Prison, Prison Everywhere, Part II

ANNE

I have to move. The apartment vacancy rate in the Twin Cities is so low that landlords have the upper hand, and mine is taking advantage of that to raise my rent $307 per month. “It’s a business decision,” they say. “We realize some people will be priced out of the building.”

Some people. I’m one of those people.

My apartment has been my sanctuary for almost five years. But I work for a nonprofit, so I have to be realistic. I gave my notice and then started sifting through the over 16,000 apartment ads on Craig’s List.

At work, I get emails about prison all the time. One of our funders, the Open Society Foundations, draws my attention to a new federal report that reveals “near-unremitting abuse of juveniles held at New York’s Rikers Island jail.” Thank god Vince is 36 years old, big and tall, and he can look scary when he needs to. There was a second one from OSF about how the suicide rate for people held behind bars awaiting trial is 10 times that of the world outside. Delete.

There’s another one from an organization called Empathy, about prisoners in Uganda. Okay, once again, grateful that Vince isn’t in prison in Uganda. Yet another one from the National Academies Press announcing their new report, The Growth of Incarceration in the United States. And then there was this one, from Human Rights Watch, called The Human Rights Case for Drug Reform: How Drug Criminalization Destroys Lives, Feeds Abuses, and Subverts the Rule of Law.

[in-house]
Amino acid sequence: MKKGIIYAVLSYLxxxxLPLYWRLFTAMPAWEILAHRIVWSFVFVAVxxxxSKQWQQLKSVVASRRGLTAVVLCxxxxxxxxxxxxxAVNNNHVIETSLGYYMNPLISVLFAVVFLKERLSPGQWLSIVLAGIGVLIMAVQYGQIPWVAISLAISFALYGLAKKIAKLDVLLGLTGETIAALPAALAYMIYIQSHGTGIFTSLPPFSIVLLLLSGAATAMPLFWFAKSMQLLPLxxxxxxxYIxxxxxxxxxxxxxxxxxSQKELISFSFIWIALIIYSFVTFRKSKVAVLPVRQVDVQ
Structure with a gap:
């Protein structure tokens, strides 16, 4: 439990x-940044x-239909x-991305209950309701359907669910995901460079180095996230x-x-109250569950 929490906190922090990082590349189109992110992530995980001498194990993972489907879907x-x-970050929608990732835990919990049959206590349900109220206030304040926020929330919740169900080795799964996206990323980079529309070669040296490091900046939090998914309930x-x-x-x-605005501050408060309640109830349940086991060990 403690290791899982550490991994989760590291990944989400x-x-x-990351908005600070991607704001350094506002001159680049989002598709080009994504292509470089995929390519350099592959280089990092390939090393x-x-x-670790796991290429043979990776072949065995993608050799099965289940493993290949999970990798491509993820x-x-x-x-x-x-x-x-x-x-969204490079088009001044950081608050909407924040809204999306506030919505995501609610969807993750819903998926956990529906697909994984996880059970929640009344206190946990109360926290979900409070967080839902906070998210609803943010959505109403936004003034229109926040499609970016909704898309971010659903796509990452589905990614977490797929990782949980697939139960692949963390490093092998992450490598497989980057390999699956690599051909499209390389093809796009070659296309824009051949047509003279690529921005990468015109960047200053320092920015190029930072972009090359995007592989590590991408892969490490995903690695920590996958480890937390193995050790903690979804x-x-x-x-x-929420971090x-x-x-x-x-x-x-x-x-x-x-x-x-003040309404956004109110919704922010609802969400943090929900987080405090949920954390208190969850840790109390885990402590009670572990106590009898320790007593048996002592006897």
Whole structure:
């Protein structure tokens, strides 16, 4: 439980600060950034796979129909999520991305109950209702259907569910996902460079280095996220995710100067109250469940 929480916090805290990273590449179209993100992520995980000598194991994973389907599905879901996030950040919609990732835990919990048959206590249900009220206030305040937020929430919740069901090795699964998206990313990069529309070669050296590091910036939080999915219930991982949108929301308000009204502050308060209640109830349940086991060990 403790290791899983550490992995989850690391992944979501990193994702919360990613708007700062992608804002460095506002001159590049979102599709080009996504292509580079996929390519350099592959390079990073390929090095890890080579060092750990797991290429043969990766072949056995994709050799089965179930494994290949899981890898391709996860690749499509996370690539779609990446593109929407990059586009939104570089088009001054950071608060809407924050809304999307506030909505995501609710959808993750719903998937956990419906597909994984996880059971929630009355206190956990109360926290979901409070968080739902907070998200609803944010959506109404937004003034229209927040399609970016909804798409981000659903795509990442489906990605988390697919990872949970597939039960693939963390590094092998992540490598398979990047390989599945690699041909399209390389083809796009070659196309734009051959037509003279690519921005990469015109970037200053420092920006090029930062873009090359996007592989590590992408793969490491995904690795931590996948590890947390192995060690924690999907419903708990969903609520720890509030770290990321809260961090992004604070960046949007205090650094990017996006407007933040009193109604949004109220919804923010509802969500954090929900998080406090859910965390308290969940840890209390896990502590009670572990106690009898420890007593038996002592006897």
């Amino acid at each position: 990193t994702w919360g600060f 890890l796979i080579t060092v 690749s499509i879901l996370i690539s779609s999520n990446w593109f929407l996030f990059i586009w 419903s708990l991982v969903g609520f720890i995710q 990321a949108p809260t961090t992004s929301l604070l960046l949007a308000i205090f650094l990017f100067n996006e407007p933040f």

I am researching a big foundation and find this article about one of the family members who was arrested on suspicion of possessing Class A drugs. During a search of the house, police found the body of his wife in their bedroom–she had died two months earlier. A coroner said that her death was as a result of “dependent abuse” of drugs.

Then I find the Public Welfare Foundation which, among its criminal justice interests, aims to “Reduce jail populations through the use of diversion at the front end of the criminal justice system that connects individuals with substance abuse disorders and mental illness to the public health system.” Well duh!

Then I stumble upon JustLeadershipUSA, an outfit with an “ambitious decarceration goal” because “Mass incarceration is the most significant domestic threat to the fabric of our democracy.”

I wonder, if all the money spent on reports and task forces glitzy websites and conferences and foundation executives’ salaries was used to fund treatment for low-income prisoners…nah! What a crazy idea.

Lastly, there is Richard Branson, chairman of Virgin Atlantic Airlines and Virgin Records, of all people, writing a blog about ending the war on drugs. All I can think of is the time a friend who travels more than anyone I know let me use 125,000 of her air miles and I flew business class from London to Minneapolis-St. Paul. I waited for my flight in Virgin’s Heathrow “Upper Class” lounge, as they call it there. The décor was fantastically posh and I discreetly gorged myself on smoked salmon and champagne, trying to act like I really belonged there.  

 

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